More Ontario Pellets
With the plant approximately 80% complete, and mostly electrical work left to do, owner Woodville Pellet Corp. was obliged last winter to turn its attention to sister plant Highland Pellet Manufacturing Ltd.
February 10, 2011 By Colleen Cross
With the plant approximately 80% complete, and mostly electrical work left to do, owner Woodville Pellet Corp. was obliged last winter to turn its attention to sister plant Highland Pellet Manufacturing Ltd. in Merritt, British Columbia, which is 90% owned by Woodville. “We were offered an opportunity in B.C. in collaboration with the federal government’s Community Adjustment Fund for Western Economic Diversification,” says Bruce Nagy, vice-president of marketing for Woodville Pellet. With the Merritt plant now complete and in heavy-duty trials, the company is moving most of its technical team back to Ontario to focus on the completion of a 30,000-square-foot storage building that will house incoming raw material.
|In the future, Woodville Pellet may export pellets in bulk.
Photo: Woodville Pellet
Two Munch pellet mills from Germany are already on site at the future plant. With driveway grading and concrete footing pours complete, the Kirkfield plant will begin taking orders in late summer 2011.
The operation will also likely include a tent structure and a huge silo similar to those already built at the Merritt plant. The company is sourcing a dryer that will help create ideal conditions for production in Ontario, where it is damper and requires more significant drying than in British Columbia, according to general manager Mark Marler.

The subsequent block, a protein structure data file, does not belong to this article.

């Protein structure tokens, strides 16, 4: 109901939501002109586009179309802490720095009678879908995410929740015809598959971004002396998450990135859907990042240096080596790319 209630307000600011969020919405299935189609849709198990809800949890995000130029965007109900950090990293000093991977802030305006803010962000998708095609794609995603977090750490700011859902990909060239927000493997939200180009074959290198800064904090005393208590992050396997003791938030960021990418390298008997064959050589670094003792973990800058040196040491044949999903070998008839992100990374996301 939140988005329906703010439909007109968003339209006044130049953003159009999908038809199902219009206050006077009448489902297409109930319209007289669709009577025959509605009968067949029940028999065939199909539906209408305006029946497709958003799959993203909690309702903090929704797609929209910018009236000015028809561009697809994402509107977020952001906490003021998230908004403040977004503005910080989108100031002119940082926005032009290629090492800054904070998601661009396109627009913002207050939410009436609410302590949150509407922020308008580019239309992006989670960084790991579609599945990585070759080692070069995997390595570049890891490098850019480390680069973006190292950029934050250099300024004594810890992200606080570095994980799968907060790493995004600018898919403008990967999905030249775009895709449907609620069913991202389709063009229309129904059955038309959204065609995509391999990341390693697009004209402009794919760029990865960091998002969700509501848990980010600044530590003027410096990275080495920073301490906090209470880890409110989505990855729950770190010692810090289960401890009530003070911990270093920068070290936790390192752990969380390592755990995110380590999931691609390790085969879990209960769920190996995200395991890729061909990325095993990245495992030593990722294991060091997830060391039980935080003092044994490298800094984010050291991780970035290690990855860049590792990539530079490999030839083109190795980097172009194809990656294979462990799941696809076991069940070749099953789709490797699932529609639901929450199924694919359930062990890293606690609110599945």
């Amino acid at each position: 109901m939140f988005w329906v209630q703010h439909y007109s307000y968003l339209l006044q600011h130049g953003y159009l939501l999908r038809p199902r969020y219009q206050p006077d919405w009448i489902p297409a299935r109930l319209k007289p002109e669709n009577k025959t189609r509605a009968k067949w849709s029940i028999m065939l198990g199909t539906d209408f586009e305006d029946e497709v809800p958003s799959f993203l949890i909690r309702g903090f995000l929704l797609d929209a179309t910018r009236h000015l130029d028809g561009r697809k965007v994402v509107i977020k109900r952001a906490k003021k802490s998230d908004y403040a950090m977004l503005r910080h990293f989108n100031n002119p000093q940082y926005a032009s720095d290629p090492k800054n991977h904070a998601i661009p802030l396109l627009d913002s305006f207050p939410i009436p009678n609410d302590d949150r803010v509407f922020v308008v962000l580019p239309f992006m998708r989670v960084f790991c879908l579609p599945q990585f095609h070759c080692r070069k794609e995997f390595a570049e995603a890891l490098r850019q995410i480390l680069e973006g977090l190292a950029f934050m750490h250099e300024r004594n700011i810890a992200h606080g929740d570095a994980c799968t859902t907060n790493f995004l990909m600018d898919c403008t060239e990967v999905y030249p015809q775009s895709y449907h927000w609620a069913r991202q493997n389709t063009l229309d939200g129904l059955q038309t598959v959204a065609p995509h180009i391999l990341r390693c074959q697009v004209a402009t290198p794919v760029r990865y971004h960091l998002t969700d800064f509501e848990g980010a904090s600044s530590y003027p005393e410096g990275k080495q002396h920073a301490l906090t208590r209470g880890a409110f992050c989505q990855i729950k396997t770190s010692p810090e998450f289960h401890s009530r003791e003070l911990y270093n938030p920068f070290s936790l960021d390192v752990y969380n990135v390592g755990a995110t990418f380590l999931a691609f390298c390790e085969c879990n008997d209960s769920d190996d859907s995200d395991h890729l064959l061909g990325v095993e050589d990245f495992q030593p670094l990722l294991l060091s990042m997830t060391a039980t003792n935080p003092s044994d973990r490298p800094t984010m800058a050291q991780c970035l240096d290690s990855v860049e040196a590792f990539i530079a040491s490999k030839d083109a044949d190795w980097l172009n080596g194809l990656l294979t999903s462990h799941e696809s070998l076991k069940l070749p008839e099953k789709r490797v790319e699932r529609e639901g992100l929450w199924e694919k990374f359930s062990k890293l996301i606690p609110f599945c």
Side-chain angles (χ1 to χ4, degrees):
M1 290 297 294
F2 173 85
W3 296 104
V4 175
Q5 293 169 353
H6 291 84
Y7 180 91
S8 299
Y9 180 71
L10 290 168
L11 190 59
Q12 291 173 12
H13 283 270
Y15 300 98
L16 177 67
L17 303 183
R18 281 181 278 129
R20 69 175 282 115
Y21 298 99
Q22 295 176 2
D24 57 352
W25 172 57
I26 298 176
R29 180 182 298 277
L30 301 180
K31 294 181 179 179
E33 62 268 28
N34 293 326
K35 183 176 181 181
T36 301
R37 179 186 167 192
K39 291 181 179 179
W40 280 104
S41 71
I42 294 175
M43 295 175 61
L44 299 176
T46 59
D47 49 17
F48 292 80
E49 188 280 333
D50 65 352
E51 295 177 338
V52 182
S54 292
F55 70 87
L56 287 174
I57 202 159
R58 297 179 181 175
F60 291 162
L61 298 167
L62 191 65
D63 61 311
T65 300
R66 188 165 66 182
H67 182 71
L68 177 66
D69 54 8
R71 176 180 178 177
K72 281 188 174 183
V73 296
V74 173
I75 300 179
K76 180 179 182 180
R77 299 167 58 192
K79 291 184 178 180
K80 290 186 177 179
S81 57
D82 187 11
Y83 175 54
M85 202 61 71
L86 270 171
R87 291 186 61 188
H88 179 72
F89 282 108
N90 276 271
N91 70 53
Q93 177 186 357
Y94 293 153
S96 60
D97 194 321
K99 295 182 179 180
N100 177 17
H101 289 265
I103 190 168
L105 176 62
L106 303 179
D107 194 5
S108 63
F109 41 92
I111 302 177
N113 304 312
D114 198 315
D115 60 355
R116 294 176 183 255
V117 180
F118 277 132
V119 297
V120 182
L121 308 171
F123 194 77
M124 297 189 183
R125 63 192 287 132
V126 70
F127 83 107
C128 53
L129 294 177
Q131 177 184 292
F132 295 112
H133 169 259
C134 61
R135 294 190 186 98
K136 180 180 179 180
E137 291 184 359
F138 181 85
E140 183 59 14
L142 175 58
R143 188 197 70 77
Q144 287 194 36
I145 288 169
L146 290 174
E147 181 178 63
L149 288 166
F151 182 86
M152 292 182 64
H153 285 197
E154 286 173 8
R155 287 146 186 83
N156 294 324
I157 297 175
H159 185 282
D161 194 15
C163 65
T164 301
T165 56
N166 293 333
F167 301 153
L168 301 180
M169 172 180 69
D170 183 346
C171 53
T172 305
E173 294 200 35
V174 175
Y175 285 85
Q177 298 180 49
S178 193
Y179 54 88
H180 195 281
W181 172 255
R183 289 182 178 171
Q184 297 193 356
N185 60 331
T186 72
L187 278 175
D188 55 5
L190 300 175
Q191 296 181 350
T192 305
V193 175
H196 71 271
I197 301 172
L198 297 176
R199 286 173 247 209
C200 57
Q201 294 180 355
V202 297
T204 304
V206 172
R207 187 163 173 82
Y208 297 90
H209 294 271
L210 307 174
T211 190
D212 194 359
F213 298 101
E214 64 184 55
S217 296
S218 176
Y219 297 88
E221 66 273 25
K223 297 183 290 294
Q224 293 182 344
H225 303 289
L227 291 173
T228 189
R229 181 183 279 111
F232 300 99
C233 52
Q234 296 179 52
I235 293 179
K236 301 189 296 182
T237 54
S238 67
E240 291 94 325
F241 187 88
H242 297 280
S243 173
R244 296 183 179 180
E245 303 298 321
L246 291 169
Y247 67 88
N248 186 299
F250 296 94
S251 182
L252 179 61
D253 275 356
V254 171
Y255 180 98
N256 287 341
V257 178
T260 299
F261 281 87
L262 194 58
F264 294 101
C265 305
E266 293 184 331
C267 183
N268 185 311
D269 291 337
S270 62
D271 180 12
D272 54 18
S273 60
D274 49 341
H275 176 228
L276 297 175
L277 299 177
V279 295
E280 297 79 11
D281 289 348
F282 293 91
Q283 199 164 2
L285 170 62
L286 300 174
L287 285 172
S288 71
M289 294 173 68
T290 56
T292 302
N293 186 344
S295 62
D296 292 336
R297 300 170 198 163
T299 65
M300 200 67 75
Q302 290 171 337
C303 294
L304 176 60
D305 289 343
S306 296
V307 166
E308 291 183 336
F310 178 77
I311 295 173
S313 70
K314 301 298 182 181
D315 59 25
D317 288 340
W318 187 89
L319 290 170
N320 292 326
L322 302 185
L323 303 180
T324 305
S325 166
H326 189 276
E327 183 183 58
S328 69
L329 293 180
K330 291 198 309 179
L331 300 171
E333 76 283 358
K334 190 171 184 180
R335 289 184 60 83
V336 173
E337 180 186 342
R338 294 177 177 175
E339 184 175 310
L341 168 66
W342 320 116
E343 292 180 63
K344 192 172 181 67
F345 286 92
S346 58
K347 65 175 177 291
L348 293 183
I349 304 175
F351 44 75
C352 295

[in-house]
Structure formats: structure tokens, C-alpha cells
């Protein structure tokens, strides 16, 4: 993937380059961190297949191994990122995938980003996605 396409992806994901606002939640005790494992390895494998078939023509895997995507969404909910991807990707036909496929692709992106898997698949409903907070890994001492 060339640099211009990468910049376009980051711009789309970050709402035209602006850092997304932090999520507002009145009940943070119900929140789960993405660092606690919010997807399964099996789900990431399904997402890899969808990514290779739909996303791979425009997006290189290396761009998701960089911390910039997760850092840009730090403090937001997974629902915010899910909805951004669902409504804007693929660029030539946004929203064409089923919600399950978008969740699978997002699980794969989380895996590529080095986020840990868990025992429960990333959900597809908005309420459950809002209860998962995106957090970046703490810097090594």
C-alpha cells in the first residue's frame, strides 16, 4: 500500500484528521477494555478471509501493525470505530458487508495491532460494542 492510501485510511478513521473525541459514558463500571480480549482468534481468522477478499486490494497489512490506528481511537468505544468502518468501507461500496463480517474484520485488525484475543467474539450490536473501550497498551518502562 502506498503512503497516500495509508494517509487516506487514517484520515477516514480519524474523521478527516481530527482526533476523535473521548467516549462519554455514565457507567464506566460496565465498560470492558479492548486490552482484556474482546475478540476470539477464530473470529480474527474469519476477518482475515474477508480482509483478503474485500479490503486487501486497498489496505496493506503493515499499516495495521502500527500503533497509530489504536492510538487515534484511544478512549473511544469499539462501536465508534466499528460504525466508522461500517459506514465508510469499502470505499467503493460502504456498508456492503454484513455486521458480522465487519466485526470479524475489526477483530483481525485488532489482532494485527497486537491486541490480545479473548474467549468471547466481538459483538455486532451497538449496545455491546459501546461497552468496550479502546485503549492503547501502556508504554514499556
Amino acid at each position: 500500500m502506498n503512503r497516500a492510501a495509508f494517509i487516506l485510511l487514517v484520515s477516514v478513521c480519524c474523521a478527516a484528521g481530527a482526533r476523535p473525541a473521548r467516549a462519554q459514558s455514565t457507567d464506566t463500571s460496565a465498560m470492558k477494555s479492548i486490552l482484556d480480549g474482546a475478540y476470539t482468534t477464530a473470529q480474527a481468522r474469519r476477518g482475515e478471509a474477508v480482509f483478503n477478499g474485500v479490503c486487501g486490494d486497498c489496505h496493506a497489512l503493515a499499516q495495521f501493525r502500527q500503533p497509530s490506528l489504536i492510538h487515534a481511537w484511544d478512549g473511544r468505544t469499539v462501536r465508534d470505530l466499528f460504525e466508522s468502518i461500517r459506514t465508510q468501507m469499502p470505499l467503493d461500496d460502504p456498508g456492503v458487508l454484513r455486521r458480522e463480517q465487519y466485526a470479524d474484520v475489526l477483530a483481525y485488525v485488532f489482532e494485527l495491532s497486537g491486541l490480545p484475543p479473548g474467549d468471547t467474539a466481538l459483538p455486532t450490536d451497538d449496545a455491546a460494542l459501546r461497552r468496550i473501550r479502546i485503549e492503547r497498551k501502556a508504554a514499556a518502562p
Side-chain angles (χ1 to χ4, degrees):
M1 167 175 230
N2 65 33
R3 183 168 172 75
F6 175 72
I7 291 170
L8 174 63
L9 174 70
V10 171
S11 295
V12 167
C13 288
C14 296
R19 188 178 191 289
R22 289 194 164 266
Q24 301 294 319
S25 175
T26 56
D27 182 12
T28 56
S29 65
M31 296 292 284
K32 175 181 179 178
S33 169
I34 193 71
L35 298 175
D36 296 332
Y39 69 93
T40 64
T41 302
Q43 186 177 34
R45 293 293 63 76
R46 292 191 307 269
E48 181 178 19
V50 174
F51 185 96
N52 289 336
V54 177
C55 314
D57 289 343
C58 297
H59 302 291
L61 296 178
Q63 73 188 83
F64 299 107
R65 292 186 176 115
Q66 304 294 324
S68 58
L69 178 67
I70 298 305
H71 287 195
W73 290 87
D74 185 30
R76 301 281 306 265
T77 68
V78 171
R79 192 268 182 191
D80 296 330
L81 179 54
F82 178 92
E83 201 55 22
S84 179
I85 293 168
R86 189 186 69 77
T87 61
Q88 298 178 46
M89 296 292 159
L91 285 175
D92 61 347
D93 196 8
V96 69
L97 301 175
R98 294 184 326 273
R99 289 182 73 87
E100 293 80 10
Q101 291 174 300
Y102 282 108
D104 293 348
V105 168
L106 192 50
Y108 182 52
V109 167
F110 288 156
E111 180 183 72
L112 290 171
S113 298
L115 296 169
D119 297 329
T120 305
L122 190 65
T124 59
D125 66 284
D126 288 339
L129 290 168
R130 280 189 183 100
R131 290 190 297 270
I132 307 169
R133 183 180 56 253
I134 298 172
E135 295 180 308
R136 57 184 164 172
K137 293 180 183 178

The plant’s wood fibre supply is assured through provincial forestry allocations and local construction waste. Woodville has a licence with the Ontario Ministry of Natural Resources to use slash from forestry operations on Crown land, with access to 150 million cubic feet of feedstock. “We have a facility processing licence from the provincial government for up to 75,000 tonnes annually,” says Peter McElwain, director of procurement for the Ontario plant.
“The licence includes private land and Crown land allocations,” he notes. To accommodate the plant’s expected growth, McElwain says, “we’ve applied for a Crown allocation to allow us to expand our facility licence to 90,000 tonnes annually.”
The company’s objective is that 40% of the total fibre coming into the plant will be from recycled products, 40% from slash from Crown land, and 20% from private land.
“We’re in that transition area where agricultural waste will become part of our recipe through either hog fuel and fuel sources for running our dryers, or through R&D; we could end up with a part agricultural and part wood fibre product,” says McElwain.
Woodville is incorporating 35% recycled products out of the Greater Toronto Area; 10% sawmill residue, including chips, sawdust, and shavings; and 55% green chips from either full-tree chipping or roundwood production from private and Crown land forest operations. The species used will be primarily softwood, but the company hopes to introduce up to 40% hardwood to meet quality standards specifications.
Similar to the Merritt plant, the Kirkfield plant will initially produce 60,000 tonnes/year at startup and for the first few months. There is potential for output of 120,000 tonnes/year, simply by adding two extra pellet mills. “Everything is set up to move to 120,000 except the two extra machines. As soon as we get the capacity, we can add the two extra pellet machines, and the rest of the plant is all ready for that,” says Nagy.
For now, Woodville will focus on the bagged, small bulk domestic home, and light industrial heating markets. According to Marler, the company will ship the pellets in 40-pound bags.
The company also sees promise in the power and equine bedding markets. “We are going to exploit the equine market,” says Nagy, who sees “huge potential” for sales of bedding for horses in Ontario—with 380,000 horses, the fourth-largest equine centre in North America—as well as British Columbia and Calgary.
This is a private venture so far, with funds being put up by Woodville’s founders Charles Pitcher and Jason Birmingham, as well as private investors. But with Woodville management in talks with the Business Development Bank of Canada, it may eventually go public.
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